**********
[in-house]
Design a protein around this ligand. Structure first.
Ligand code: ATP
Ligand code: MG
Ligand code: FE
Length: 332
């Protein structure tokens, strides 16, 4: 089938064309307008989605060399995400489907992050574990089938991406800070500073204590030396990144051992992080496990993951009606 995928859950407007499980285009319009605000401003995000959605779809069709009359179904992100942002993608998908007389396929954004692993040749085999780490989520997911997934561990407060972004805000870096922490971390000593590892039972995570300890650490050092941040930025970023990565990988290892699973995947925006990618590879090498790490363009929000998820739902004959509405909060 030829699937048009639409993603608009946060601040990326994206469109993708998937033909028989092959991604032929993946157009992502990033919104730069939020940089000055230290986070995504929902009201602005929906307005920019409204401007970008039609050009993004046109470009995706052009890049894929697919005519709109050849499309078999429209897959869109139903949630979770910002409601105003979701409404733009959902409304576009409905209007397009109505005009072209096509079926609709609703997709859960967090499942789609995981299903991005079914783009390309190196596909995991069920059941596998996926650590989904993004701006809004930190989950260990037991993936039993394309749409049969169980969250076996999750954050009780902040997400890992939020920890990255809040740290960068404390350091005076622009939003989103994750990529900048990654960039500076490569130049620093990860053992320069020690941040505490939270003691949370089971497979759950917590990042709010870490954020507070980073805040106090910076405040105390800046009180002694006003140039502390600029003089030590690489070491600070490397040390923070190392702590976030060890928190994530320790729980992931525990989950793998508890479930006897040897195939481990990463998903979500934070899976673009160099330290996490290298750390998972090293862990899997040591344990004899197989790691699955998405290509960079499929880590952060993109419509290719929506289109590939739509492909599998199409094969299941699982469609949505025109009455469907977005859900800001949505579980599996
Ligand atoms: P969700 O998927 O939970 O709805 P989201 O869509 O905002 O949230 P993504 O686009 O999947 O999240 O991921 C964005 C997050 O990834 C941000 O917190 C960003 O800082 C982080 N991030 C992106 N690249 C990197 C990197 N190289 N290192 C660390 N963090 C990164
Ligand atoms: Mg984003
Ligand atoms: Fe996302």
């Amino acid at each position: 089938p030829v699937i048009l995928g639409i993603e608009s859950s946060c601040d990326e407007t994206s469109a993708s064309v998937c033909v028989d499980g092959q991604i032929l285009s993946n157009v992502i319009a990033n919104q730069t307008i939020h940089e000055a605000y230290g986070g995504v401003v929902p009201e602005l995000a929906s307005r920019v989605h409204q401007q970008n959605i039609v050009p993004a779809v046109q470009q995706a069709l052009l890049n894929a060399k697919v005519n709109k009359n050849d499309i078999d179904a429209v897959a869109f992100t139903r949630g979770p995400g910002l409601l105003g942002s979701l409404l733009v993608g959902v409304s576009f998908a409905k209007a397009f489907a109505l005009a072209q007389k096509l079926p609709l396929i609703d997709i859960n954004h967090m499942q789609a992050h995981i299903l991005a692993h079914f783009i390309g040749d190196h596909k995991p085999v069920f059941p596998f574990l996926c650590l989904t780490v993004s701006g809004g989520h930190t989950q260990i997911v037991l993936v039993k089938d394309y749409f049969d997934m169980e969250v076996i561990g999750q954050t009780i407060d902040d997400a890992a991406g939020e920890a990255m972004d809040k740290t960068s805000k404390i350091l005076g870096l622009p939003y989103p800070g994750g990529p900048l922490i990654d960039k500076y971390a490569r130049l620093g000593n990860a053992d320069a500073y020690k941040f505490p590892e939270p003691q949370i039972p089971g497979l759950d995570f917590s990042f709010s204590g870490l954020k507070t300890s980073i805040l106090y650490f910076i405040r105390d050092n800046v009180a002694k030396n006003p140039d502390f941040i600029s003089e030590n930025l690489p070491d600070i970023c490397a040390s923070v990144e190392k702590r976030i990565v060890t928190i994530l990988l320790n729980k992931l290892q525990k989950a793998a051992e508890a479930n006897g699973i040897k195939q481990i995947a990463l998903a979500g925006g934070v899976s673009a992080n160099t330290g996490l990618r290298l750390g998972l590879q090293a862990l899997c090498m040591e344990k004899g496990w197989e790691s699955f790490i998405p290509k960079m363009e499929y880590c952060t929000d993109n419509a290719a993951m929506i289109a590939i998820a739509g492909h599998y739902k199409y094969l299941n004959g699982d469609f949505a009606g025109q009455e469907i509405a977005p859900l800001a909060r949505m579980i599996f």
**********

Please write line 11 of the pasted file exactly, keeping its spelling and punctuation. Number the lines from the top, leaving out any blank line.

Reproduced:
């Amino acid at each position: 089938p030829v699937i048009l995928g639409i993603e608009s859950s946060c601040d990326e407007t994206s469109a993708s064309v998937c033909v028989d499980g092959q991604i032929l285009s993946n157009v992502i319009a990033n919104q730069t307008i939020h940089e000055a605000y230290g986070g995504v401003v929902p009201e602005l995000a929906s307005r920019v989605h409204q401007q970008n959605i039609v050009p993004a779809v046109q470009q995706a069709l052009l890049n894929a060399k697919v005519n709109k009359n050849d499309i078999d179904a429209v897959a869109f992100t139903r949630g979770p995400g910002l409601l105003g942002s979701l409404l733009v993608g959902v409304s576009f998908a409905k209007a397009f489907a109505l005009a072209q007389k096509l079926p609709l396929i609703d997709i859960n954004h967090m499942q789609a992050h995981i299903l991005a692993h079914f783009i390309g040749d190196h596909k995991p085999v069920f059941p596998f574990l996926c650590l989904t780490v993004s701006g809004g989520h930190t989950q260990i997911v037991l993936v039993k089938d394309y749409f049969d997934m169980e969250v076996i561990g999750q954050t009780i407060d902040d997400a890992a991406g939020e920890a990255m972004d809040k740290t960068s805000k404390i350091l005076g870096l622009p939003y989103p800070g994750g990529p900048l922490i990654d960039k500076y971390a490569r130049l620093g000593n990860a053992d320069a500073y020690k941040f505490p590892e939270p003691q949370i039972p089971g497979l759950d995570f917590s990042f709010s204590g870490l954020k507070t300890s980073i805040l106090y650490f910076i405040r105390d050092n800046v009180a002694k030396n006003p140039d502390f941040i600029s003089e030590n930025l690489p070491d600070i970023c490397a040390s923070v990144e190392k702590r976030i990565v060890t928190i994530l990988l320790n729980k992931l290892q525990k989950a793998a051992e508890a479930n006897g699973i040897k195939q481990i995947a990463l998903a979500g925006g934070v899976s673009a992080n160099t330290g996490l990618r290298l750390g998972l590879q090293a862990l899997c090498m040591e344990k004899g496990w197989e790691s699955f790490i998405p290509k960079m363009e499929y880590c952060t929000d993109n419509a290719a993951m929506i289109a590939i998820a739509g492909h599998y739902k199409y094969l299941n004959g699982d469609f949505a009606g025109q009455e469907i509405a977005p859900l800001a909060r949505m579980i599996f």